The past few months have welcomed several notable institutions and investors into the digital asset community. From Paul Tudor Jones to Square, PayPal and JPMorgan, the next wave of acceptance is reaching top tier asset managers.
This week, both Guggenheim and AllianceBernstein released statements declaring digital assets a legitimate asset class, with Guggenheim announcing a possible allocation of up to 10% of their $5.3 billion Macro Opportunities Fund into the Grayscale Bitcoin Trust (GBTC).
As one of the largest asset managers on Wall Street, Guggenheim is taking a leading role in recognizing the true use cases and profitability behind a decentralized financial infrastructure, and their impending asset allocation to GBTC is validation that this asset class is not going anywhere.
As the world becomes increasingly digitized and the pace of innovation is more cutthroat than ever, Guggenheim’s validation of Bitcoin is indicative of their foresight into the future of asset management. With their vision of a digital asset-backed financial future, Guggenheim is living up to their fiduciary commitment to drive future returns for their clients by allocating up to $530mm into the asset class of the future.
Alongside Guggenheim in their recognition of cryptocurrencies as an asset class is Wall Street giant AllianceBerstein. Earlier this week, Inigo Fraser Jenkins, Co-Head of Bernstein Research’s Portfolio Strategy team released a statement claiming that digital assets “do have a place in asset allocation.”
Coming back on his 2018 remarks that digital assets do not present a convincing use case because their historic volatility ruled them out as a means of transaction, Fraser Jenkins’ recent statement is credited to Bitcoin’s lower price volatility and therefore strengthened foundation as a store of value asset. On Bitcoin’s viability as a store of value, Fraser Jenkins told CoinDesk that Bitcoin’s downward trend of price volatility “makes it more attractive both as a store of value and as a medium of exchange.”
There is no denying that Bitcoin is earning the respect of Wall Street. Massive allocations from MicroStrategy, Square, and legendary investors like Paul Tudor Jones along with crypto integrations from PayPal and JPMorgan are delivering Bitcoin on a gold platter to the global investment community. The momentum from the past few months has made one thing clear: Bitcoin is not going anywhere, and as Bitcoin is here to stay, regulation will soon follow to project the world into a future of universal digital asset adoption.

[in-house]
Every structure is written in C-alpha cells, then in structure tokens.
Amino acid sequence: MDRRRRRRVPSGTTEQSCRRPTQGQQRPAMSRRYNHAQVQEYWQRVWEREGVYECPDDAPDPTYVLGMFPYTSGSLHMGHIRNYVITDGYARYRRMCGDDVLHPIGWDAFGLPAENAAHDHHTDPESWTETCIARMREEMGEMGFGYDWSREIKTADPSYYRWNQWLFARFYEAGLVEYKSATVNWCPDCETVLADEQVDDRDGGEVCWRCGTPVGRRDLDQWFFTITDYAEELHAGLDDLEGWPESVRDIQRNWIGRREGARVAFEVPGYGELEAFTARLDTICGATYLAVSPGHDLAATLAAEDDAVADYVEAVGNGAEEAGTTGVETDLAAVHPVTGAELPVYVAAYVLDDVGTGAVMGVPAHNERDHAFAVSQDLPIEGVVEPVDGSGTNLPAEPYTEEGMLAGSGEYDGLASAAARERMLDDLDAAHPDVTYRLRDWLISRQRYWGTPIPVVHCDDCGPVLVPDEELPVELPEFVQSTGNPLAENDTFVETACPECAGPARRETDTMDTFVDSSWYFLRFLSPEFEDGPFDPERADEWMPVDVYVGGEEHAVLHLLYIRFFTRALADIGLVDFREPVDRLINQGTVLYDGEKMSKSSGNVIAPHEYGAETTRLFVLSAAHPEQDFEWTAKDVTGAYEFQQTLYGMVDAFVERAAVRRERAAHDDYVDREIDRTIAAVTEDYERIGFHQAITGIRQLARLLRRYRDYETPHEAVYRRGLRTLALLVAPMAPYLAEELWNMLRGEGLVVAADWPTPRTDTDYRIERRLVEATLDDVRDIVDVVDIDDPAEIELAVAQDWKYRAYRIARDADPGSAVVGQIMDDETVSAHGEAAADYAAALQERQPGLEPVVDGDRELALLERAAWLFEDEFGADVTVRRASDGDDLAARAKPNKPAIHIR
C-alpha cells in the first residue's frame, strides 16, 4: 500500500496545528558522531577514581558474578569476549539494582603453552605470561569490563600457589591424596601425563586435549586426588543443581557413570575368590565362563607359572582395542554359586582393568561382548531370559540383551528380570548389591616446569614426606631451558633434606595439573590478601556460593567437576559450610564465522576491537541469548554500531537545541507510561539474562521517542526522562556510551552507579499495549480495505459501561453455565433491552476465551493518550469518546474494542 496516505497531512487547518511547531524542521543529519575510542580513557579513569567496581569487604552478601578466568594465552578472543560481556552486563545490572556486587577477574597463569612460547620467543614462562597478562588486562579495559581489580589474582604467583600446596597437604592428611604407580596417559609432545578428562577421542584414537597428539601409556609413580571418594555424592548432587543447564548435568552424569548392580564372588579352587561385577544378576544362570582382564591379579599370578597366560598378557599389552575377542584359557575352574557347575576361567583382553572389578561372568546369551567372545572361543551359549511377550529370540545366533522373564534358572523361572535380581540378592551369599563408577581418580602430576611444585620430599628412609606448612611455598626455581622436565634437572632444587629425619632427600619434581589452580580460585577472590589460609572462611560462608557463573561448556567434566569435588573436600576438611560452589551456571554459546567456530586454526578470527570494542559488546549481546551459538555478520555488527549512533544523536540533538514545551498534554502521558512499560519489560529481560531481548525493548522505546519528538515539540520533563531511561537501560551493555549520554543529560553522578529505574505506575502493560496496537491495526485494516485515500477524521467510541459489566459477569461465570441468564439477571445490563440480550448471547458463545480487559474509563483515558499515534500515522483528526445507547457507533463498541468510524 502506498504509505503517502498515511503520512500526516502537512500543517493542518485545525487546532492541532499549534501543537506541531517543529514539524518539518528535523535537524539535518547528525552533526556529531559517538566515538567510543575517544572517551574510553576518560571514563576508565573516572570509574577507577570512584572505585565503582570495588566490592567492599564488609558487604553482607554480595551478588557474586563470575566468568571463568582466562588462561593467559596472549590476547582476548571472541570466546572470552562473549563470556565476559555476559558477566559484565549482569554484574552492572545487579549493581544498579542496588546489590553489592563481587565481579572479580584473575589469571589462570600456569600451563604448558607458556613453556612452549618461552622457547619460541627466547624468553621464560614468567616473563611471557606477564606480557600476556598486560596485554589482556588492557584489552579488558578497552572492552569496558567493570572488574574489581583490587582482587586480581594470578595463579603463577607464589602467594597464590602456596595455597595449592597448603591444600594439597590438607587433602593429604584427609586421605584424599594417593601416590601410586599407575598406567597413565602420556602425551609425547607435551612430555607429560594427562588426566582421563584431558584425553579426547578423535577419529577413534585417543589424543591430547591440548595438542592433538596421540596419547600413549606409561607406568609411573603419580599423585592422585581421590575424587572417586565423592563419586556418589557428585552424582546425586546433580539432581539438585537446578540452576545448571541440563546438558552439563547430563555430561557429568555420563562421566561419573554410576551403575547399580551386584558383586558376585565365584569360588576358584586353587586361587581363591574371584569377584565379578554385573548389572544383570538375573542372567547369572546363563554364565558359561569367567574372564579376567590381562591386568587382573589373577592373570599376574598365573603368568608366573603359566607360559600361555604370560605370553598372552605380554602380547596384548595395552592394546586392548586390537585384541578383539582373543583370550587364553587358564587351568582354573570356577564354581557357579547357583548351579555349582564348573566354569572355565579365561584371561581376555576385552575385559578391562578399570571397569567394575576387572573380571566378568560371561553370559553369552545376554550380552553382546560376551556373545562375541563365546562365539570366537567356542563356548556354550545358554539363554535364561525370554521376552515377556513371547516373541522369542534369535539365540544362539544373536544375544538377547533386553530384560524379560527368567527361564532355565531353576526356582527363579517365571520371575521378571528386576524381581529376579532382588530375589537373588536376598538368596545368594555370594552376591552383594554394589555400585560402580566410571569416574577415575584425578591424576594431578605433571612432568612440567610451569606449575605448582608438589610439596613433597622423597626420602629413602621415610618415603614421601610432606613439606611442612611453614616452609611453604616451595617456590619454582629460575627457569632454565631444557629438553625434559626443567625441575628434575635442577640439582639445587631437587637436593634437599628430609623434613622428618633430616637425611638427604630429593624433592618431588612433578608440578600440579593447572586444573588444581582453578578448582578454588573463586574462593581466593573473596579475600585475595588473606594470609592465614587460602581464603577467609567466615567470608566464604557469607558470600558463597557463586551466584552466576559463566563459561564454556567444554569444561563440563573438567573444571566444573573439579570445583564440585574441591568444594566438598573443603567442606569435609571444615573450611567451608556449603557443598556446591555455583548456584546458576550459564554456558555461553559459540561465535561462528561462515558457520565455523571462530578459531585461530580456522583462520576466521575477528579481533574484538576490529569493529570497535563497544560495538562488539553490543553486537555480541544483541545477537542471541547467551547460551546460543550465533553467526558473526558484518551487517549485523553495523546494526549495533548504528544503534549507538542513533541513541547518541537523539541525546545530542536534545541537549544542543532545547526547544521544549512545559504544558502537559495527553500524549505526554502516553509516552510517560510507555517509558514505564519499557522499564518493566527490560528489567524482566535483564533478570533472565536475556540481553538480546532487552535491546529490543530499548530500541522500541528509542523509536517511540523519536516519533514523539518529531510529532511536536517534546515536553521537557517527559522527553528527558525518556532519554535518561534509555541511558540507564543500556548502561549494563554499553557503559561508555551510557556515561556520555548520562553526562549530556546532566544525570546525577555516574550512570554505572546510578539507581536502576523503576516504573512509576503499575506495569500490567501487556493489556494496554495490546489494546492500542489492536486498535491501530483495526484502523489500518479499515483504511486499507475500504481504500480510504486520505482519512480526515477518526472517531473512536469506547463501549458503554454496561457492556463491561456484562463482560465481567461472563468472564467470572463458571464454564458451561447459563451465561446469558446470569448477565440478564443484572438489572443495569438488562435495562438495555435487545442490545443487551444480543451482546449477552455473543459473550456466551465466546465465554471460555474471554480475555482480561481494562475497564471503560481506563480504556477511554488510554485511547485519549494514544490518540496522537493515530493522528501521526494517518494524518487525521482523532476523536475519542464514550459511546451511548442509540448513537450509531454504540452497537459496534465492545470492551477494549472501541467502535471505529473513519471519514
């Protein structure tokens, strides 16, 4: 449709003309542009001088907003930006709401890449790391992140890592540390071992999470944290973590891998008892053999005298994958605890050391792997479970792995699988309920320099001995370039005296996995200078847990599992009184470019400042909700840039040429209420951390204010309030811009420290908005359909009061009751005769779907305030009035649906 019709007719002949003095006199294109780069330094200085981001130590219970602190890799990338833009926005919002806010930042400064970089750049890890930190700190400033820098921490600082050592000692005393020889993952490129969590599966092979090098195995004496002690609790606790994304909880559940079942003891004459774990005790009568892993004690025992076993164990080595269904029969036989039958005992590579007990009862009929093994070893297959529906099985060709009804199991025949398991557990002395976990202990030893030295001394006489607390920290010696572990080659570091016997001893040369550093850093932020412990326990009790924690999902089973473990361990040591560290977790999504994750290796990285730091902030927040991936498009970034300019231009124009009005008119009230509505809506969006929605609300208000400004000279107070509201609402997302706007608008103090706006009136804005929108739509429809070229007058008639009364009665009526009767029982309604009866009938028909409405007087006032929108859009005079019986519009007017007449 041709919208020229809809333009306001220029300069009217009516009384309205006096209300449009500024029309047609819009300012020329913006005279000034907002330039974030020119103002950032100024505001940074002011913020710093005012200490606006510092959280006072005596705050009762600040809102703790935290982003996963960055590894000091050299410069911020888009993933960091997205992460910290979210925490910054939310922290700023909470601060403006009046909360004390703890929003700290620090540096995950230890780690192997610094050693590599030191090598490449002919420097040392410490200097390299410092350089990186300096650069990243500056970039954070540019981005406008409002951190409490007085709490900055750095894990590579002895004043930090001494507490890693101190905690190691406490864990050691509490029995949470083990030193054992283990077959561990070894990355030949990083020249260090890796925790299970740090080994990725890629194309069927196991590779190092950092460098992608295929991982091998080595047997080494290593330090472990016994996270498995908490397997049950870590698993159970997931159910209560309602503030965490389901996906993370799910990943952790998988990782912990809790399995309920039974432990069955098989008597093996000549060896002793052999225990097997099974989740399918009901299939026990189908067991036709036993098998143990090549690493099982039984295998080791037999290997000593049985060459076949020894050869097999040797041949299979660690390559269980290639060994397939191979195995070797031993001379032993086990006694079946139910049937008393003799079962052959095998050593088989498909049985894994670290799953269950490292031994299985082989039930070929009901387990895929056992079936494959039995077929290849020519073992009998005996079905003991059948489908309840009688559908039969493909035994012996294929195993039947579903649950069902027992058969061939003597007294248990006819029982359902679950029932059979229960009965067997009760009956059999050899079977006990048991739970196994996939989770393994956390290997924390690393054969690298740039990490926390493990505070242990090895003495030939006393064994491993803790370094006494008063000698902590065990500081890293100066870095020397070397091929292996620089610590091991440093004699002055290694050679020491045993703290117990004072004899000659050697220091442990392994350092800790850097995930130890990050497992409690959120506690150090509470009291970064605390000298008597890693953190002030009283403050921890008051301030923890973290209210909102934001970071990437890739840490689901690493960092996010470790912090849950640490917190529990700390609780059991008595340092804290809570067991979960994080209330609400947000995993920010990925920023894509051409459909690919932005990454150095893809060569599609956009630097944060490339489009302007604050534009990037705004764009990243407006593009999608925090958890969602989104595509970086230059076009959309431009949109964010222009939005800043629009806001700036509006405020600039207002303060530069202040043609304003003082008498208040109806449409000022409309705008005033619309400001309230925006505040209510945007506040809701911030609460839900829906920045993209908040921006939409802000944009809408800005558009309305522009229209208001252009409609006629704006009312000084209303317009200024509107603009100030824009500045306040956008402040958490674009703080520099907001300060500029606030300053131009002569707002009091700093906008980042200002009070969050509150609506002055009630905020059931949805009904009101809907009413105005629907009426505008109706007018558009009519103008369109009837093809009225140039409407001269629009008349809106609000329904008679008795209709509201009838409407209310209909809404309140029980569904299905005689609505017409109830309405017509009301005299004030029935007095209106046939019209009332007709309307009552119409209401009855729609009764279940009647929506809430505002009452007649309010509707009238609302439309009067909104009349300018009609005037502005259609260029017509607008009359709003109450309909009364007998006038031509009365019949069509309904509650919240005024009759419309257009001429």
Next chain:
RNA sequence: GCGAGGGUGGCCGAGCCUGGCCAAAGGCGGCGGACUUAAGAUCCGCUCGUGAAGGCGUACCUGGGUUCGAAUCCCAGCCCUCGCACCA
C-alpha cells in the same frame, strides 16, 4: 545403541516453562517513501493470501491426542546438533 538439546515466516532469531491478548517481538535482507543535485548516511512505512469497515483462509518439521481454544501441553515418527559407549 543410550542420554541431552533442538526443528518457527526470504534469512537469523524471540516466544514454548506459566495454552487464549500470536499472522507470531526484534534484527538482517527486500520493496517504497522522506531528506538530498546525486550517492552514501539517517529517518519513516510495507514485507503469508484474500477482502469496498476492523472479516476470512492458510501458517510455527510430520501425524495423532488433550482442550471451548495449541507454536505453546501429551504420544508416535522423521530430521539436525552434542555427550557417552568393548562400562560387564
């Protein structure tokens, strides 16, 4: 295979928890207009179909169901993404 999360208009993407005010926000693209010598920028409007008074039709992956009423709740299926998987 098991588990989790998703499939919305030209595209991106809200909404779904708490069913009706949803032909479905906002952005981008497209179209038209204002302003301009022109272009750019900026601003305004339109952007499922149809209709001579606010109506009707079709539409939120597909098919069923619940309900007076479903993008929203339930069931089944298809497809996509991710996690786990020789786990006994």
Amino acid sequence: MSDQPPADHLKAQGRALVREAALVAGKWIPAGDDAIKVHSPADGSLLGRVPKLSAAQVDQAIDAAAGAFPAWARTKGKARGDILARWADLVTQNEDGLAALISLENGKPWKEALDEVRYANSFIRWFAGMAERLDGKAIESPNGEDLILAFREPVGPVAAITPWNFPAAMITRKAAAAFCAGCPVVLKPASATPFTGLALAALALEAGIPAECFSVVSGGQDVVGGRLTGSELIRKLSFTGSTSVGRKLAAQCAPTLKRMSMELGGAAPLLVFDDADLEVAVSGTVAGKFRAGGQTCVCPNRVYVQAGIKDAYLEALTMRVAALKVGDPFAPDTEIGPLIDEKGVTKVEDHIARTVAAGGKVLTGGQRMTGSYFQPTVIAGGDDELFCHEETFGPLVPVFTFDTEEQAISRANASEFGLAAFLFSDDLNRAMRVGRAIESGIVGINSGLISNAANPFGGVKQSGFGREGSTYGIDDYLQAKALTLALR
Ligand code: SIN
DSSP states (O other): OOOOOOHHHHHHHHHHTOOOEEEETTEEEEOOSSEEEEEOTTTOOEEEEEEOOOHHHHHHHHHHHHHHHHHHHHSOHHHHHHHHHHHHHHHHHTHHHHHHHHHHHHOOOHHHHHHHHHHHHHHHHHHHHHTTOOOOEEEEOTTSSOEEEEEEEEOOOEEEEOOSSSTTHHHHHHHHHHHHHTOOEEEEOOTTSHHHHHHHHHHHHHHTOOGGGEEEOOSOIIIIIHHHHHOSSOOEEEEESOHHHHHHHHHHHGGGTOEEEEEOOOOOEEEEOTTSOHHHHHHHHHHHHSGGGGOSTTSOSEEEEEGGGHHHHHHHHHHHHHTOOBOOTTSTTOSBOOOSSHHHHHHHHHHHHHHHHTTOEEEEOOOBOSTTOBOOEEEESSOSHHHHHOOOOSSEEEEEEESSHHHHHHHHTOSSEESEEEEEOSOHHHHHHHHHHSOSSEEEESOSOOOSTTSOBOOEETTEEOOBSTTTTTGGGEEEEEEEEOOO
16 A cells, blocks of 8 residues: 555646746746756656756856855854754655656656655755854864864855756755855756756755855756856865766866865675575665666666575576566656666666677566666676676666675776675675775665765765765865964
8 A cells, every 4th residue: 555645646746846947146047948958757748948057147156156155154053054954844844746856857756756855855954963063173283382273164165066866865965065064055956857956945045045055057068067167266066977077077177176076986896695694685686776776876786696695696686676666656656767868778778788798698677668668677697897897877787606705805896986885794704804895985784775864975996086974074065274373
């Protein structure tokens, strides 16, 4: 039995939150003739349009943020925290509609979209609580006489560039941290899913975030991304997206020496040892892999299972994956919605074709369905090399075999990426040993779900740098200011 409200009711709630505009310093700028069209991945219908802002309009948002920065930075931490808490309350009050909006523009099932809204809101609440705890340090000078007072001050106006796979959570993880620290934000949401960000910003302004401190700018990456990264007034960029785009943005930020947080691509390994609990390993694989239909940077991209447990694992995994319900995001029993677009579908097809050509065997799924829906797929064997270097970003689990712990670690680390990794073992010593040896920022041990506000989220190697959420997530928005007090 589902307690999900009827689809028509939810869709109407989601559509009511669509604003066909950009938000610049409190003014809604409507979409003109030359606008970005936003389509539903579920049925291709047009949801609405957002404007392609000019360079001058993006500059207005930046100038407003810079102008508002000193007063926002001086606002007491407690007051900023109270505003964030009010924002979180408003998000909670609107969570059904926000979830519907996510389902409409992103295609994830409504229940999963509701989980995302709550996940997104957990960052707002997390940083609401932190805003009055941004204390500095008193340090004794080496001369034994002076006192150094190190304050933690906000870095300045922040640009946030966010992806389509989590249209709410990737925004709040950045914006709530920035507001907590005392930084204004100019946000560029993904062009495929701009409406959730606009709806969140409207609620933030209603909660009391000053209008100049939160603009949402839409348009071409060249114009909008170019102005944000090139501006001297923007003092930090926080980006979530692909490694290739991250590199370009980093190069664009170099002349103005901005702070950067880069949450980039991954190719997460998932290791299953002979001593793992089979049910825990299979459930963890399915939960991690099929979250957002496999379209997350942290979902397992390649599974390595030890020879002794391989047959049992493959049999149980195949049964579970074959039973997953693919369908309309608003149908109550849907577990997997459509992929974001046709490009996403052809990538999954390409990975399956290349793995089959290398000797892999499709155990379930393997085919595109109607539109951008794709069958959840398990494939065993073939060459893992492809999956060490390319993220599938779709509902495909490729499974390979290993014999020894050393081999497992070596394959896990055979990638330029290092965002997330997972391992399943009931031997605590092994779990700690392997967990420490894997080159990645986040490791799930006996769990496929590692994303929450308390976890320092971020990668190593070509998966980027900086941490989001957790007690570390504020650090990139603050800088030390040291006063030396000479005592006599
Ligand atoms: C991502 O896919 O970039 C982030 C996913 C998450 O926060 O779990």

By Liam McDonald
Weekly Analyst Thoughts
This week, I want to highlight the dangers of centralized finance (Cefi) and hot wallets (cryptocurrency wallets connected to the internet) by reflecting on the recent $150 million-dollar KuCoin hack. One of the major problems with Cefi exchanges like Coinbase, Kraken, Bittrex, and KuCoin is that the cryptocurrency user does not actually control the asset. The Cefi exchanges control the funds with private keys, making them a honeypot for hackers due to the large amount of money that is stored on these exchanges. There is a phrase in the cryptocurrency community to hammer home the point of Cefi exchanges: “Not your keys, not your coins.” If cryptocurrency users and investors continue to relinquish their private keys to these Cefi exchanges, these hacks will continue to occur. A nice middle ground is to set up a multi-signature wallet, which needs multiple keys, with a custodian, so if the custodian or the investor ever loses their key, they can easily access the wallet from utilizing additional keys. A good example of this multi-signature solution would be Casa, a provider of custodian storage solutions for digital wallets.
Although hot wallets are extremely convenient to use for buying, spending and selling crypto, there is a hardware wallet that rivals hot wallets: Ledger Nano X. Ledger Nano X improves upon its predecessor, Ledger Nano S, and its’ annoying USB cable and limited storage. The Ledger Nano X can hold up to 100 different cryptocurrency wallets with the help of Ledger Live and has a Bluetooth connection that enables investors to forgo connection via a USB cable.
In summary, KuCoin’s $150 million-dollar hack is a stark reminder of the dangers of centralized finance and hot wallets. Two solutions to Cefi and hot wallet hacking problems include using custodians like Casa to hold your private keys and using cold storage wallets like Ledger Nano X.
By Jacob Stelter
Weekly Analyst Thoughts
Cream Finance: New Crypto Exchange Rivaling Uniswap and Balancer
Introducing Cream Finance, a new Defi liquidity exchange that is as robust as competitors like Uniswap, Balancer, and Compound. Cream stands for “Crypto Rules Everything Around Me” and its token jumped 145% just last week. Cream Finance allows the borrowing and lending of multiple cryptocurrencies and offers better yields than Compound Finance, as pictured below.
Cream Finance also allows liquidity providers to yield farm Cream on Balancer and Uniswap pools, pictured below.
Finally, Cream Finance has its own Uniswap and Balancer exchange, “Cream Swap,” that delivers yield farming rewards for being a liquidity provider on their platform. One of their liquidity providing pools has a 200% APY just for depositing a different type of Ethereum into a pool, as seen below.
In summary, Cream Finance provides a platform to borrow and lend a multitude of cryptocurrencies, yield farm and become a liquidity provider on their Cream Swap exchange, and yield farm in Uniswap and Balancer Pools.
By Jacob Stelter